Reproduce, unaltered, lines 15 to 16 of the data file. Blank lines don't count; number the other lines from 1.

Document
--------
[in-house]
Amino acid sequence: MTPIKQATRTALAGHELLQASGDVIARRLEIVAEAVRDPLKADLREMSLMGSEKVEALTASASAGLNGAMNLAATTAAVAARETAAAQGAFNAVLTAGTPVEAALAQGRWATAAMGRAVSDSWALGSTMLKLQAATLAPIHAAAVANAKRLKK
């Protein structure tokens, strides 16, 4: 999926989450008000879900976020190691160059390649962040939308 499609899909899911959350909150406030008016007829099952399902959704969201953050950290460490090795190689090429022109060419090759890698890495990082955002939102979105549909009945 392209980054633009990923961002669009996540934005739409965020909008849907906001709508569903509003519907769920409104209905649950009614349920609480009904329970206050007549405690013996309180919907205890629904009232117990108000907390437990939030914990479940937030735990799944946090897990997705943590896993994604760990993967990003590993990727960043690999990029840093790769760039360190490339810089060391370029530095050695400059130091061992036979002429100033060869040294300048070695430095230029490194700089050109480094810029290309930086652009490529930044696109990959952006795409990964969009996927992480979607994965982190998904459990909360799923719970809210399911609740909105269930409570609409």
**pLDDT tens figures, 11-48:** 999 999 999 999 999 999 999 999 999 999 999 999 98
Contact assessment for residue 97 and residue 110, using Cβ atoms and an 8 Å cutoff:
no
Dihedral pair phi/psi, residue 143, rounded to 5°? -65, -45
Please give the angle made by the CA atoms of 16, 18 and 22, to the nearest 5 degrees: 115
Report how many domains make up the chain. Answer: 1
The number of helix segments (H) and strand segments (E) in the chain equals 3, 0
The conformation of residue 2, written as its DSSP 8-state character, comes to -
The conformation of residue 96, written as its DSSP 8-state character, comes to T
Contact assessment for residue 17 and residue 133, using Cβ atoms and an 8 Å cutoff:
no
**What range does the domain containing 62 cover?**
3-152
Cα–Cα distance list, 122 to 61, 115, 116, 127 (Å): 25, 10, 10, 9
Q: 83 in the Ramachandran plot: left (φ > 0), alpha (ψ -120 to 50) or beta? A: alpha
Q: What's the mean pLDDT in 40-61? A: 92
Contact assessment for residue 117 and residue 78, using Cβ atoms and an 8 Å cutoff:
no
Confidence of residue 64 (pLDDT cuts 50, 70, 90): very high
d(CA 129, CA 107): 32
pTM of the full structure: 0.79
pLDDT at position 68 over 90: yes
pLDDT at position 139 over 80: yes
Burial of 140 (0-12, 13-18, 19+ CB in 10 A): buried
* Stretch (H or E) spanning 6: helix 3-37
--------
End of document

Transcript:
**What range does the domain containing 62 cover?**
3-152